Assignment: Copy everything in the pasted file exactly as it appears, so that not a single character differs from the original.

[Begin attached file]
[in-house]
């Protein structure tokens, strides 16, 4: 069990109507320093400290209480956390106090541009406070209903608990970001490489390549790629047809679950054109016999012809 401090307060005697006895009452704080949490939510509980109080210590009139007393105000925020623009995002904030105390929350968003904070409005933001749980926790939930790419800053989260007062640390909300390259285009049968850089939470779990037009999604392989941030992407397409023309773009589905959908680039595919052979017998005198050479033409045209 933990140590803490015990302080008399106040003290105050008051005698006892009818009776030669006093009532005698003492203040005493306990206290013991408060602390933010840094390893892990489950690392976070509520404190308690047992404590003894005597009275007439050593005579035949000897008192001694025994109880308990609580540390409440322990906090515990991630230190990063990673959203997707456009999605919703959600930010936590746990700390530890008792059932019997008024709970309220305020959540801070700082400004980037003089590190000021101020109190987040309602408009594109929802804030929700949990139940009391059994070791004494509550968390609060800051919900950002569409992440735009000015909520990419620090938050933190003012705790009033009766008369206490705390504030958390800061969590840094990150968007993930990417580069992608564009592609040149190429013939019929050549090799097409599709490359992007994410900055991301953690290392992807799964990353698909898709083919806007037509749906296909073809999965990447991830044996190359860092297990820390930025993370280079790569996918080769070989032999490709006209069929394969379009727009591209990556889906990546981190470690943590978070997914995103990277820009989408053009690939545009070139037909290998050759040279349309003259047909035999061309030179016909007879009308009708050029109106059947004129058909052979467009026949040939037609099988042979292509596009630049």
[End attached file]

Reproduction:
[in-house]
């Protein structure tokens, strides 16, 4: 069990109507320093400290209480956390106090541009406070209903608990970001490489390549790629047809679950054109016999012809 401090307060005697006895009452704080949490939510509980109080210590009139007393105000925020623009995002904030105390929350968003904070409005933001749980926790939930790419800053989260007062640390909300390259285009049968850089939470779990037009999604392989941030992407397409023309773009589905959908680039595919052979017998005198050479033409045209 933990140590803490015990302080008399106040003290105050008051005698006892009818009776030669006093009532005698003492203040005493306990206290013991408060602390933010840094390893892990489950690392976070509520404190308690047992404590003894005597009275007439050593005579035949000897008192001694025994109880308990609580540390409440322990906090515990991630230190990063990673959203997707456009999605919703959600930010936590746990700390530890008792059932019997008024709970309220305020959540801070700082400004980037003089590190000021101020109190987040309602408009594109929802804030929700949990139940009391059994070791004494509550968390609060800051919900950002569409992440735009000015909520990419620090938050933190003012705790009033009766008369206490705390504030958390800061969590840094990150968007993930990417580069992608564009592609040149190429013939019929050549090799097409599709490359992007994410900055991301953690290392992807799964990353698909898709083919806007037509749906296909073809999965990447991830044996190359860092297990820390930025993370280079790569996918080769070989032999490709006209069929394969379009727009591209990556889906990546981190470690943590978070997914995103990277820009989408053009690939545009070139037909290998050759040279349309003259047909035999061309030179016909007879009308009708050029109106059947004129058909052979467009026949040939037609099988042979292509596009630049």